December 29, 2015
Ask any New Mexican and they’ll tell you the best chile comes from right here in the Land of Enchantment. When your official state question is “red or green?” and state law requires chile retailers to back up their “Grown in New Mexico” claims, it’s clear that how you pick your peppers is important here at home.
But does that affinity for New Mexico chile extend beyond our borders? Researchers from New Mexico State University’s College of Agricultural, Consumer and Environmental Sciences recently examined whether New Mexico chile peppers have value based on their region of production and whether consumers across the U.S. were willing to pay a premium price for chile from New Mexico.
The researchers asked survey respondents about their willingness to purchase chile from an unspecified region or chile from New Mexico at various price points to learn at what point the consumers felt the chile was just too expensive.
For the latest on southwest agriculture, please check out Southwest Farm Press Daily and receive the latest news right to your inbox.
“About one-third of the consumers we surveyed stated that they were willing to pay a 20 percent premium for New Mexico-certified green chile,” said Jay Lillywhite, head of the Department of Agricultural Economics and Agricultural Business and lead author on the research report. “So the findings suggest that there’s value associated with that certification.”
The study, funded by a specialty crops grant from the New Mexico Department of Agriculture, explored the types of consumers who purchase two common types of chile pepper products – fresh green chile and dried, ground red chile powder – and provided an analysis of the market potential for a regionally differentiated chile pepper by gauging consumer interest in red and green New Mexico-certified chile products. The data provide evidence that a potential market exists for both red and green chile pepper products that are “Certified New Mexico.”
“Vidalia onions command anywhere from 8 percent to 400 percent of the retail price of other onions. A brand, whether it is associated with a food product like Vidalia onions or a consumer product like brand-name shoes, can convey value to consumers based on their experience,” Lillywhite explained. “It’s the same thing with chile. If you’ve had a good experience with ‘Certified New Mexico’ chile, that experience can lead you to purchase the chile again in the future.”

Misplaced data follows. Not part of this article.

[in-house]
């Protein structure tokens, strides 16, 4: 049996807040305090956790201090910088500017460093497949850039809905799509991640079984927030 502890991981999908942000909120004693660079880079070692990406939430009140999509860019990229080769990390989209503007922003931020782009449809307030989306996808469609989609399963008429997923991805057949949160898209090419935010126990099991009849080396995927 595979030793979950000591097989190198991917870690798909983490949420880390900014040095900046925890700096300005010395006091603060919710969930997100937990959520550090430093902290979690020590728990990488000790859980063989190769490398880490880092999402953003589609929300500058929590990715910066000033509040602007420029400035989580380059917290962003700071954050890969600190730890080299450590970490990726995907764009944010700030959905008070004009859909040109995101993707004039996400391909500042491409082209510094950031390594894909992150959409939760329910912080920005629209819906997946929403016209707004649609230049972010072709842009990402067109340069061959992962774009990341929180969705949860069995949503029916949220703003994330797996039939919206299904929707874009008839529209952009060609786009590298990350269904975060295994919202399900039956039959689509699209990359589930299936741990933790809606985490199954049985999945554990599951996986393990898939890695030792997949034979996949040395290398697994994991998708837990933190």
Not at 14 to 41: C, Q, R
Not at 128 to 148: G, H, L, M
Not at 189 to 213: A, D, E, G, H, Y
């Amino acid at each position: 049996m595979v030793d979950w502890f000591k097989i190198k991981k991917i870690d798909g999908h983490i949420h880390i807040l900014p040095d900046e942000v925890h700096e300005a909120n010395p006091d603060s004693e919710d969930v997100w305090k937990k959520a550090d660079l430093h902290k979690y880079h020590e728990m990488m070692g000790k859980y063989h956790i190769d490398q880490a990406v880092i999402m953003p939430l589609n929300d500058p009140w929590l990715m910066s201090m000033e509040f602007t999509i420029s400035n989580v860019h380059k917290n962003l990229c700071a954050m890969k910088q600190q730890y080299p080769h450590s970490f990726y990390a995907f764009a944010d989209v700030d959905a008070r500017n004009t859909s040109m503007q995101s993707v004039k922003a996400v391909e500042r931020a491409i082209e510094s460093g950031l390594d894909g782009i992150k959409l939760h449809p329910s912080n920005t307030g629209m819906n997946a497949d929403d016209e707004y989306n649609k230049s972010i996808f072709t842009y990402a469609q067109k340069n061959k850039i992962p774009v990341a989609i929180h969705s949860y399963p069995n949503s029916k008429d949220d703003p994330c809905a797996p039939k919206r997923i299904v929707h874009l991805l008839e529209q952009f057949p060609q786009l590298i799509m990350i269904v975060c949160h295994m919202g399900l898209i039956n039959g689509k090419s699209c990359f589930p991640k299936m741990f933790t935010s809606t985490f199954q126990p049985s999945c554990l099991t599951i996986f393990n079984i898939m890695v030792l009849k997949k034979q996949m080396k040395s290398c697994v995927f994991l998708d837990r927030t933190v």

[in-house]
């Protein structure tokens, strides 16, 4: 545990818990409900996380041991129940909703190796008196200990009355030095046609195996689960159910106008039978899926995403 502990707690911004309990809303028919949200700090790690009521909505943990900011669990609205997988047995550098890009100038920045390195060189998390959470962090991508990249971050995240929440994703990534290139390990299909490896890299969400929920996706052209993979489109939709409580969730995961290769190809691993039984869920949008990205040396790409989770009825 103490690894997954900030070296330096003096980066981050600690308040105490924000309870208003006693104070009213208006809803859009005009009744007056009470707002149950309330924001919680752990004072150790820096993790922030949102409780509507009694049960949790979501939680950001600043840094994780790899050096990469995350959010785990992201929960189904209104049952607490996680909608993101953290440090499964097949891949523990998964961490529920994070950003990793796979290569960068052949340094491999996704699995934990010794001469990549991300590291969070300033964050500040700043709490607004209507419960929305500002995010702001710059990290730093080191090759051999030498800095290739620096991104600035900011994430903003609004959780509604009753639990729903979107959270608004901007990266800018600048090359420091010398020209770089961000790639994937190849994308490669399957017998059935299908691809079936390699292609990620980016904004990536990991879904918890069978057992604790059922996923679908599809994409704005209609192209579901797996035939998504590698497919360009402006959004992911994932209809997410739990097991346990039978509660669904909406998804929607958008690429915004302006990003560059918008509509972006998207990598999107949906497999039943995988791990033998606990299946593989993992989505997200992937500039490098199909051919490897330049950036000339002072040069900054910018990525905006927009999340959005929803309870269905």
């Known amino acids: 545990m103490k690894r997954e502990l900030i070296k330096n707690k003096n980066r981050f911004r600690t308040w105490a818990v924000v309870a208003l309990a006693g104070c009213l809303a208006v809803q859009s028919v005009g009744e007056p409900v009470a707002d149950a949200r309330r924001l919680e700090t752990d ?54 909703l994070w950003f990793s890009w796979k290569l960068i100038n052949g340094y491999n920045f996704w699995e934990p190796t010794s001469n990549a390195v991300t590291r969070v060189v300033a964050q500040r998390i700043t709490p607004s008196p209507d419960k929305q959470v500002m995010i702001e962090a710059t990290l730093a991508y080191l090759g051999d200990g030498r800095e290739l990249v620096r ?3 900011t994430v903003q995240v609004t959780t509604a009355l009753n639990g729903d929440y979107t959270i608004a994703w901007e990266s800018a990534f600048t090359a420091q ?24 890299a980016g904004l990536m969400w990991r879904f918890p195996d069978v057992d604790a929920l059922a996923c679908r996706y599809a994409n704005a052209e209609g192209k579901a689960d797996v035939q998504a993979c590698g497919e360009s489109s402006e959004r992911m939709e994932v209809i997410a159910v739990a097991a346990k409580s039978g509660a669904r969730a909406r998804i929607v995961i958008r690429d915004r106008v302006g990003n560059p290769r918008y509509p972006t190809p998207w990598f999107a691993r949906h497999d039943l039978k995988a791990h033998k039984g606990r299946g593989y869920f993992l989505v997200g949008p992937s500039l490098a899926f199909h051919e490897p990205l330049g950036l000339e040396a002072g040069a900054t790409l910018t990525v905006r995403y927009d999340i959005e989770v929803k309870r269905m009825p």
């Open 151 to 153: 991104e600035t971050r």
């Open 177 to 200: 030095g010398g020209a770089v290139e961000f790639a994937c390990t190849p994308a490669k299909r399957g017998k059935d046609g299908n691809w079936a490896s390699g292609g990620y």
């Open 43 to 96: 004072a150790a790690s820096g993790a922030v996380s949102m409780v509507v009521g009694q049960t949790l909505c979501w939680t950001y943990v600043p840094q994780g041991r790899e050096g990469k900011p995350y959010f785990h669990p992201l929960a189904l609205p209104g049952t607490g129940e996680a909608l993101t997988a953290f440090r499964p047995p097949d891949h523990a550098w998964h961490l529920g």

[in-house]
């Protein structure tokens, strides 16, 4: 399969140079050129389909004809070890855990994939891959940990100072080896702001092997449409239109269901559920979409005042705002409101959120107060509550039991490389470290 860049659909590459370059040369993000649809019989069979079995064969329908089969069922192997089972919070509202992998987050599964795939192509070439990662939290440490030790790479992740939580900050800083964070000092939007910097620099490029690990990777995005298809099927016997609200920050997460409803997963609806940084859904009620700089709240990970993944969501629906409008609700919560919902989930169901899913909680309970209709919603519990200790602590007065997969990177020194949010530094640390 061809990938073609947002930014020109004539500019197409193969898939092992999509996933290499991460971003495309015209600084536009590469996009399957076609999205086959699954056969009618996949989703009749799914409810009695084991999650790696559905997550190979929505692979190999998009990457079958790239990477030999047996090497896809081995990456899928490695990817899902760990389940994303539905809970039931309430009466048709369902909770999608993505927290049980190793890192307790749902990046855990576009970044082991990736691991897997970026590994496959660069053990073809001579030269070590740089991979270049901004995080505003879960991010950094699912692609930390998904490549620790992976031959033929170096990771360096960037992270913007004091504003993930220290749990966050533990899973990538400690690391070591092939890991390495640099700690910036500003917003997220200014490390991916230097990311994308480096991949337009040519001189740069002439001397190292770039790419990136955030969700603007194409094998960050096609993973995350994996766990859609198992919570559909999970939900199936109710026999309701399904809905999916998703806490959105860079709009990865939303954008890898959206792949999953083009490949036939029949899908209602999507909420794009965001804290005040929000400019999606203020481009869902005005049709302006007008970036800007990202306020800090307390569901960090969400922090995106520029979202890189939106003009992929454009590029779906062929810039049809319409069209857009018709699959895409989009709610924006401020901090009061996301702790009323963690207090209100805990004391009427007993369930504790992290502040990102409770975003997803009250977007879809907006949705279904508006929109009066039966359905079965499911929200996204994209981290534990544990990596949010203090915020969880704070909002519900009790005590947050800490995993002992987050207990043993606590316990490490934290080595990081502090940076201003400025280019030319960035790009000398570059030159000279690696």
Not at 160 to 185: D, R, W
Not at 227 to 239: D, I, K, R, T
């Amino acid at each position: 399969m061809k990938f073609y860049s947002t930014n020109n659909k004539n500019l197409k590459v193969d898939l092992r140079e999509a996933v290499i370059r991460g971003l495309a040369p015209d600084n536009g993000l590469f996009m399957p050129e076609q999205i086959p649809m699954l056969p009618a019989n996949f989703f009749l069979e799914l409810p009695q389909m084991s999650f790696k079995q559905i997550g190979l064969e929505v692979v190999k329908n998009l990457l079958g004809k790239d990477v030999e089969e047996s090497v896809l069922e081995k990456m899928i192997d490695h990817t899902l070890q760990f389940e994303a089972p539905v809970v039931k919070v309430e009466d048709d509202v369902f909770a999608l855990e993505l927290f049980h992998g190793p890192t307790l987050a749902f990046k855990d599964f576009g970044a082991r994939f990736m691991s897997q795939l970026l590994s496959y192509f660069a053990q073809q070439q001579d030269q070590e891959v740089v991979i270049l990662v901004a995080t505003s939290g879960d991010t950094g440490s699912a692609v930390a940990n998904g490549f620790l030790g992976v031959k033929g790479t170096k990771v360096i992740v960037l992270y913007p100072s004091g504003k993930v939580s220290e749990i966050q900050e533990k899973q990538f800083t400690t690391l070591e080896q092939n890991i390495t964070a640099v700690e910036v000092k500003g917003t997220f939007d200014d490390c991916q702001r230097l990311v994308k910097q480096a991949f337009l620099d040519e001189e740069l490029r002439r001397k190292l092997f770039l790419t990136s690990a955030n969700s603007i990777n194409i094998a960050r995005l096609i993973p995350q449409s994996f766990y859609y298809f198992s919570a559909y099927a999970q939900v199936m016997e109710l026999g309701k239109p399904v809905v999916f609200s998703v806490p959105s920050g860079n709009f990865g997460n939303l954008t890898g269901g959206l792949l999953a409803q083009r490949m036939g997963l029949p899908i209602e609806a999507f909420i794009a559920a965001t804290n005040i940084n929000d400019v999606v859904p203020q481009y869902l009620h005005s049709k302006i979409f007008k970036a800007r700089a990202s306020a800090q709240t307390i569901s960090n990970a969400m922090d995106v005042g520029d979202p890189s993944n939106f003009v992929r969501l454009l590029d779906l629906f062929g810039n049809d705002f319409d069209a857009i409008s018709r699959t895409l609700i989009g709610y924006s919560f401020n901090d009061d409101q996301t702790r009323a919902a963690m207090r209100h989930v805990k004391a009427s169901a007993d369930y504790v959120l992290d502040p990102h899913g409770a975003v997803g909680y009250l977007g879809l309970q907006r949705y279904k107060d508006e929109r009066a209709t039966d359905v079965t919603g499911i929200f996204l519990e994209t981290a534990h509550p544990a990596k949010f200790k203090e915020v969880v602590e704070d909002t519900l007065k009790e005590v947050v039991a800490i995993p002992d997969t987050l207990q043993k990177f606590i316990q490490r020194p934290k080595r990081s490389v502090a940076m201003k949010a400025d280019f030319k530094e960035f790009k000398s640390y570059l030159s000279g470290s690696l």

STATE LAW PROTECTS NM CHILE
The state law protecting the New Mexico chile brand only applies to retailers in New Mexico – there’s no recourse against a retailer in Texas, for example, who sells peppers falsely identified as having been grown in New Mexico. To build the product’s brand, both locally and beyond the state’s borders, the New Mexico Chile Association has developed the New Mexico Certified Chile program, which requires participating producers to complete an application and certification process. Once the authenticity of their region of production claim is vetted, producers can use the New Mexico Certified Chile trademark to distinguish their product.
In a statement on the chile association’s website, President Dino Cervantes said the New Mexico Certified Chile program provides the opportunity for consumers around the country to be certain that they’re enjoying the authentic flavor that’s unique to homegrown New Mexico chile products.
Lillywhite said the findings of the consumer preference survey, which he conducted with research specialist Jennifer E. Simonsen and Professor Emerita Rhonda Skaggs, also of the agricultural economics department, show that people do value knowing where their chile is coming from – which further confirms the value of the chile association’s efforts to distinguish New Mexico chile products from those produced outside the state.
The importance of that distinction – and the premium price it commands – will only continue to increase, according to the New Mexico Chile Association. While chile is a significant contributor to the state’s economy – valued at more than $460 million a year – the number of acres harvested in New Mexico hit a 43-year low in 2014. Efforts to mechanize the harvest process – including additional research at NMSU – could help reverse that trend, and marketing that’s based on the premium value of New Mexico Certified Chile could be another important factor in the specialty crop’s continued success.
You May Also Like